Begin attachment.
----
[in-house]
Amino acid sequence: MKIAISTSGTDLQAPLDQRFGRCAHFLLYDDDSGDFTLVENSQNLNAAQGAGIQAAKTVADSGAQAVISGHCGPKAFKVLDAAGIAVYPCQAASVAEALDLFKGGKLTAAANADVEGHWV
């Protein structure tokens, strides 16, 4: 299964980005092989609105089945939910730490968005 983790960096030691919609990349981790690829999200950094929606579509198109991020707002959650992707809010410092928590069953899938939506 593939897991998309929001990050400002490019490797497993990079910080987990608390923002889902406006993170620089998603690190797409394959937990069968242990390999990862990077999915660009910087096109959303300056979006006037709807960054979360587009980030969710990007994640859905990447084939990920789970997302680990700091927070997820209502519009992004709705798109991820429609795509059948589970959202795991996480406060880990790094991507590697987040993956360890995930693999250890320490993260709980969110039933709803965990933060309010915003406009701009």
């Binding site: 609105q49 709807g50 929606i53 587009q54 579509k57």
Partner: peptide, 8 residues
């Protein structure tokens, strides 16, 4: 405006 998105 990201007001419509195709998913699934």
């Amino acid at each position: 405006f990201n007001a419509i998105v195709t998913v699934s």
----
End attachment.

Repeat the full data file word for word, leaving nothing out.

[in-house]
Amino acid sequence: MKIAISTSGTDLQAPLDQRFGRCAHFLLYDDDSGDFTLVENSQNLNAAQGAGIQAAKTVADSGAQAVISGHCGPKAFKVLDAAGIAVYPCQAASVAEALDLFKGGKLTAAANADVEGHWV
């Protein structure tokens, strides 16, 4: 299964980005092989609105089945939910730490968005 983790960096030691919609990349981790690829999200950094929606579509198109991020707002959650992707809010410092928590069953899938939506 593939897991998309929001990050400002490019490797497993990079910080987990608390923002889902406006993170620089998603690190797409394959937990069968242990390999990862990077999915660009910087096109959303300056979006006037709807960054979360587009980030969710990007994640859905990447084939990920789970997302680990700091927070997820209502519009992004709705798109991820429609795509059948589970959202795991996480406060880990790094991507590697987040993956360890995930693999250890320490993260709980969110039933709803965990933060309010915003406009701009």
């Binding site: 609105q49 709807g50 929606i53 587009q54 579509k57």
Partner: peptide, 8 residues
């Protein structure tokens, strides 16, 4: 405006 998105 990201007001419509195709998913699934």
């Amino acid at each position: 405006f990201n007001a419509i998105v195709t998913v699934s």